When these halftone images are magnified to the degree necessary for forensic document examination, lines that are not both perfectly straight and at an angle that accords with the screen (i.e. horizontally, vertically, or above all at 45 or 135 degrees) are not reproduced accurately. Whenever one reproduces a given line at a different angle, the line of dots from the line screen (in its fixed angles) will be added to that line, changing its appearance. In his study of the handwriting of Clement’s Letter to Theodore, Carlson opted to use the halftone reproductions found in Clement of Alexandria and a Secret Gospel of Mark,21 supplemented by those in “Secret Mark: New Photographs, New Witnesses”,22 instead of studying the colour photographs themselves or scans made directly from those photographs. We feel this mistake, though it invalidates all of Carlson’s handwriting analysis, is easy to make, for as Terras has noted, “[i]t is rare that those utilizing digital images for scholarly research would stop to consider the mechanics which produced that image, or their accuracy or veracity.”23 When Carlson was previously asked to specify which images he had used in his study, he answered that he had “consulted both the black-and-white photographs that Smith published in 1973 as well as the color photographs that Charles Hedrick published in 2000.”24 But neither of these was a “photograph”. Instead, they were offset printed reproductions of photographs, unsuitable for the questioned document examination as it was practised in Carlson’s analysis.25

Below we will discuss illustrative examples of spuriousness that Carlson presented in The Gospel Hoax as evidence of forgery.26 For comparison material, we have used images digitally scanned in 1200 dpi (dots per inch) directly from the colour photographs taken by the librarian Dourvas in the late 1970s; the same photographs that were published (in halftone) in The Fourth R in 2000.27 The original scans were highly magnified before being printed in this article. It should be noted clearly that the order of image manipulation is the most important point that separates our study from that of Carlson’s: none of the images presented below as comparison examples underwent halftone manipulation as part of the printing process before they were magnified. Images from Smith’s book have also been scanned in 1200 dpi. While our scanner has also created the images out of tiny square pixels, the much higher resolution will make them so small that they can be disregarded in comparison. In order to show that this was not an issue between the colour and the black-and-white photographs, but only between originals and reproductions, we will also present one letter that is digitally scanned directly from Smith’s original black-and-white photographs.

Blunt Ends at the Beginnings and Ends of the Lines

Carlson sees blunt ends “at the beginnings and ends of the lines”. His interpretation: “the strokes were written so slowly that the pen had come to a complete stop at the ends of the strokes.”28 In the letter tau of the word τοῦ in Theod. I.1, “the first stroke starts with a flying end, indicating some speed, but then pauses halfway in the middle of the letter and hesitates at the end, resulting in two large ink blobs”.29 This is a textbook example of line screen distortion. As can be seen in the colour image on the right, the scribe has made a narrow loop at the top and ended at the bottom with a swift hook to the right. The black-and-white image on the left has massive blobs in both places. When these low-resolution black-and-white images are highly magnified (in reality, this tau is no more than 1.7 mm high) the shading at the ends of the letters cannot be shown, as they have been reconstructed by just a few large dots. All shades between black and white are lost during this process.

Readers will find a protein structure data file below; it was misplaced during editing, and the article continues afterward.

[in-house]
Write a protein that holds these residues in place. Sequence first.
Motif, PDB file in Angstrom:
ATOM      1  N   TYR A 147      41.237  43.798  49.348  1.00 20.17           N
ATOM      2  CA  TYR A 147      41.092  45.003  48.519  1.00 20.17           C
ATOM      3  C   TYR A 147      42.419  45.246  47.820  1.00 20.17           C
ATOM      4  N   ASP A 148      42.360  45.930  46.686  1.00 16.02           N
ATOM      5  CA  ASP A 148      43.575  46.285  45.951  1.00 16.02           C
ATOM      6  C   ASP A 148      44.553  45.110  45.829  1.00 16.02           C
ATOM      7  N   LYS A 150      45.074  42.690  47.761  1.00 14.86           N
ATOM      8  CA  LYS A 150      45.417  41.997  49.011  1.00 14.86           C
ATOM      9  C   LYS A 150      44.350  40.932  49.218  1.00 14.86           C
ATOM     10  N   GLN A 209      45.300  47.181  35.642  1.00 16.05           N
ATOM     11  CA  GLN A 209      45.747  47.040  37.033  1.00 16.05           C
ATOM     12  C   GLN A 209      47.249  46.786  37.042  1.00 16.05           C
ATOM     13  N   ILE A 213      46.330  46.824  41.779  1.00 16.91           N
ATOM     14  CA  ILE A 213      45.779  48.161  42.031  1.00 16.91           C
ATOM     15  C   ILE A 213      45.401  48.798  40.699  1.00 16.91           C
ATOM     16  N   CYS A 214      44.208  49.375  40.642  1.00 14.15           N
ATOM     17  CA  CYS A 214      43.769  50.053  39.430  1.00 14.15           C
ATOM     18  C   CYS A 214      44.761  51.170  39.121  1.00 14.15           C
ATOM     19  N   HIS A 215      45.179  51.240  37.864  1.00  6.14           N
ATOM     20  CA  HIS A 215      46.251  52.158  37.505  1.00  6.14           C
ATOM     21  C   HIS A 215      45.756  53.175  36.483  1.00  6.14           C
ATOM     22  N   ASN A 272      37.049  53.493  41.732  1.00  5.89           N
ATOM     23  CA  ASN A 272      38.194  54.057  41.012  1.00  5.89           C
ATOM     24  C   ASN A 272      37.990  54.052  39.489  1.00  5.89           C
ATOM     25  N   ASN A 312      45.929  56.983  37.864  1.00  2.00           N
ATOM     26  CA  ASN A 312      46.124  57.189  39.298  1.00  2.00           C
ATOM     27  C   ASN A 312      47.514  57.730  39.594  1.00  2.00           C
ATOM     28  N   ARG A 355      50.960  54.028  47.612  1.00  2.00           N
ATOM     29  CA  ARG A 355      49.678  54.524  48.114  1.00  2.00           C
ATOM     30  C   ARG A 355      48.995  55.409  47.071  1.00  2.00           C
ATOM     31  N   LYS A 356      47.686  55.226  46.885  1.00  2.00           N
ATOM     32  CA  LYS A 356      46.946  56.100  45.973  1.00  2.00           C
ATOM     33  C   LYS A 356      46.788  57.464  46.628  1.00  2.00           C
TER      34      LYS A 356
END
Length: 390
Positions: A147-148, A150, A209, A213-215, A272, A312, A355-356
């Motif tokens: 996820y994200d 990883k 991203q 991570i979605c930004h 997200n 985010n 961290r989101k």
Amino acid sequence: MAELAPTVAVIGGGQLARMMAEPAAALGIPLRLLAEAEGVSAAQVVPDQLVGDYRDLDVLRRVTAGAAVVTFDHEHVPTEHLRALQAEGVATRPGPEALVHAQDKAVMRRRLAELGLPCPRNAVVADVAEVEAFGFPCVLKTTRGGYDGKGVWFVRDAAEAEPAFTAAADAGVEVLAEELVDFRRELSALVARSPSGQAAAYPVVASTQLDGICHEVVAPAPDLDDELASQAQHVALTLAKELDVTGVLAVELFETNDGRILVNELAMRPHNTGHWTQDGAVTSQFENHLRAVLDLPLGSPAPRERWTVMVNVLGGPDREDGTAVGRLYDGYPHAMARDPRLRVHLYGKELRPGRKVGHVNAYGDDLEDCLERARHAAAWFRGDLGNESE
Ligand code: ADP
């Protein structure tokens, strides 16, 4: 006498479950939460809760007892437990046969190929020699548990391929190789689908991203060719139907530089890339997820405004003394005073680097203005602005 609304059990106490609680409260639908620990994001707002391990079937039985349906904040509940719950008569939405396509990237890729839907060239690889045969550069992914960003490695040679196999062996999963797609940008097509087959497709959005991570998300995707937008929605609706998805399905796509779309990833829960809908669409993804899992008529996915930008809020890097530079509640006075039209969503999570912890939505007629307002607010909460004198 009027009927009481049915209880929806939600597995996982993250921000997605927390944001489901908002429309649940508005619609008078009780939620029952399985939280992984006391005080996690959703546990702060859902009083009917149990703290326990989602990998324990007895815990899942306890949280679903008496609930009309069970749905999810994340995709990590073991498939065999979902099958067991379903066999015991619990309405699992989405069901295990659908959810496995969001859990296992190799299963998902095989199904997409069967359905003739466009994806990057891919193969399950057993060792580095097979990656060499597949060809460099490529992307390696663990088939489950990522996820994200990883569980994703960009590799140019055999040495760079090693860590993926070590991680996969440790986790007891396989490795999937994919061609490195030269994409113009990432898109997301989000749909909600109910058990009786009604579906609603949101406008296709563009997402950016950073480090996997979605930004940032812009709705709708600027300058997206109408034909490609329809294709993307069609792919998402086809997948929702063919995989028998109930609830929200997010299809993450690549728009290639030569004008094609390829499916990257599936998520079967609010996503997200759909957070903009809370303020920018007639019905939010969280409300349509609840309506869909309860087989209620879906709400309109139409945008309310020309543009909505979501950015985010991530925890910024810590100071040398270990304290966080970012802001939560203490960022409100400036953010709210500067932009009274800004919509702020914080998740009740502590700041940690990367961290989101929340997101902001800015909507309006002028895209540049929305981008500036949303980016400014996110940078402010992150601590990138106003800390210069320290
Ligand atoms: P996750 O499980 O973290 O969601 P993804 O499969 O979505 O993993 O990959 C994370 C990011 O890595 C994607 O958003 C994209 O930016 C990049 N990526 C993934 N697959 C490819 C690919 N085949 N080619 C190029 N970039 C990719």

Another example of “the most egregious hesitations that resulted in ink blobs” is the letter iota in ἐπιστολῶν (Theod. I.1).30 Once again, a massive blob can be seen at the end of the letter in the image studied by Carlson, while the scan made directly from the photograph instead reveals a hook upwards and to the left, but no ink blob. Both examples illustrate the impossibility of rendering small details with a faded surrounding in the black-and-white printed (halftone) reproductions. Numerous other examples could be presented.

Pen Lifts, Retakes and Retouching

Carlson claims that on several occasions the pen stops, gets lifted, and begins anew trying to maintain the continuous line. In the principal example Carlson presents, the line between the letters epsilon and kappa in the word ἐκ (Theod. I.1), there is, in fact, a pen lift.31 But this is due to the fact that the scribe (apart from maybe the corrected ἀποθνῄσκων in Theod. I.28) never connects the letter kappa to its preceding letter. In all other instances presented by Carlson, these so-called pen lifts are found only in the printed reproductions. The lines have been contorted by the line screen applied during the printing process, which creates the illusion of hesitation, retakes, or unnatural shifts in direction. Carlson finds one of these pen lifts “between the epsilon and gamma of γεγόνασιν” in Theod. I.7.32 In the printed image it looks as if the two letters are written separately. The place of their alleged connection is enlarged in the ellipse. As can be seen, the line from the letter epsilon follows the 45 degree angle of the line screen, turns straight upwards along the vertical line and then turns right to follow the 45 degree angle again. Lines written at angles that are not possible to accurately reproduce in the printed images will appear to be stepped, giving the incorrect visual impression of a pen lift and of a new stroke being begun on a different level. The colour image, however, reveals that the real angle of the line is about 60 degrees and that the line is continuous rather than stepped and interrupted.